Where Do You Draw The Line…
…when it comes to separation of Church and State?
Tax Exemption For Churches
I have never been overly comfortable with special priveleges for churches. I might even say that I think churches ought to pay taxes just like any other organization. But, since I don’t really have a say in that issue, when are churches participating in activities that would legally make them no longer tax exempt?
Locally, we had a church that was charging visitors of the town to park in their parking lot during the week. Given that I live in a very touristy town, it was quite a lucrative business. When they were told they couldn’t use their property for such non-charitable revenue, there was a major debate in our community over discrimination and the like.
Now, a progressive church in Los Angeles is being threatened with losing their tax-exempt status because of a sermon given two days before the 2004 election. The offending section of the speech is:
“I believe Jesus would say to Bush and Kerry: ‘War is itself the most extreme form of terrorism. President Bush, you have not made dramatically clear what have been the human consequences of the war in Iraq.'”
While I love the sentiment of what this pastor had to say (even though it’s a moot point now), I don’t know if this crosses the boundary of “endorsing a candidate” or not. Since only one church has ever had its tax-exempt status revoked by the IRS (the church ran two full page ads against Clinton in 1992) was clearly engaging in endorsing a candidate, it will be interesting to see where the IRS decides to draw the line.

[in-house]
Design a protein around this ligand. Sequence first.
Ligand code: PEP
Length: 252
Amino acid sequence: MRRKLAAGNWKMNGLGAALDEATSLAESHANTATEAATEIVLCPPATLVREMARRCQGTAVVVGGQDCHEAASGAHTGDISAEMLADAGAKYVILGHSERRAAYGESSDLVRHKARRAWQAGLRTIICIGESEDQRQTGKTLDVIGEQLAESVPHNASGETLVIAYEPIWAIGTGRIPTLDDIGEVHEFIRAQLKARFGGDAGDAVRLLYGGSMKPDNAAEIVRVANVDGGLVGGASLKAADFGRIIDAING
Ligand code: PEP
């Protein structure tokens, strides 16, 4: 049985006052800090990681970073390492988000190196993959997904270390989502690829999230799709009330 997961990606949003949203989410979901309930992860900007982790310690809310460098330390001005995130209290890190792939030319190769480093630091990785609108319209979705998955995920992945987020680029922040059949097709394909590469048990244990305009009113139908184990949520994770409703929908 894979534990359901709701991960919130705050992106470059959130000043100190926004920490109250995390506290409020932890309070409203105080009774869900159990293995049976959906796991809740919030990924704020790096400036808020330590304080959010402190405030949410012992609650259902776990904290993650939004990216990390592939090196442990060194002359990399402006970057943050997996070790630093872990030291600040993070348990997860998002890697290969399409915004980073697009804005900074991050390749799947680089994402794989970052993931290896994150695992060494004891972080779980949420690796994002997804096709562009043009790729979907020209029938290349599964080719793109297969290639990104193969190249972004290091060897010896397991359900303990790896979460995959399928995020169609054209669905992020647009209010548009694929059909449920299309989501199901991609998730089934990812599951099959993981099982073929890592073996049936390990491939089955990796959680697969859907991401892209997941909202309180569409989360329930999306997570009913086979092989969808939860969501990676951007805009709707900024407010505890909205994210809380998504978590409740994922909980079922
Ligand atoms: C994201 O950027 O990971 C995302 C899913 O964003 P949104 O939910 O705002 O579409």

Slow but steady progress on the Celestine Shawl. And no, I won’t be putting up a sheet in front of the window to photograph the shawl. Perhaps when I take the final picture.
I did some additional work on the multi-color merino over the last week, and while the progress is slow, there is definitely a lot of wool on this bobbin.
I’m thinking that I might try to teach myself how to Navajo ply between now and when I finish the singles for this roving, and ply it that way when I’m done. We’ll see.
Regarding the picture of the bug, Aarlene writes, “I thought it might be a stink bug. After a couple of incidents I usually avoid getting close enough for a good id.”
Actually, I think you’re exactly right. The picture didn’t make it easy to identify, but when I look at pictures of stink bugs, that’s exactly what this bugger looked like.
Joanie R. asks, “Why a circular knitting machine? I never had one or even see one work. What can you do on it that you can’t do on needles?”
A circular knitting machine allows you to basically make a tube of knitted fabric, very similar to the leg portion of a sock. It just allows you to do it more easily. The picture of the one linked to in yesterday’s post looks like it has 20 needles, so it would be like having a machine that could knit a 20 stitch tube of stockinette stitch fabric. Most of these machines allow you to make narrow lengths of flat fabric as well (non-tubular). Not really overly useful, but a fun novelty.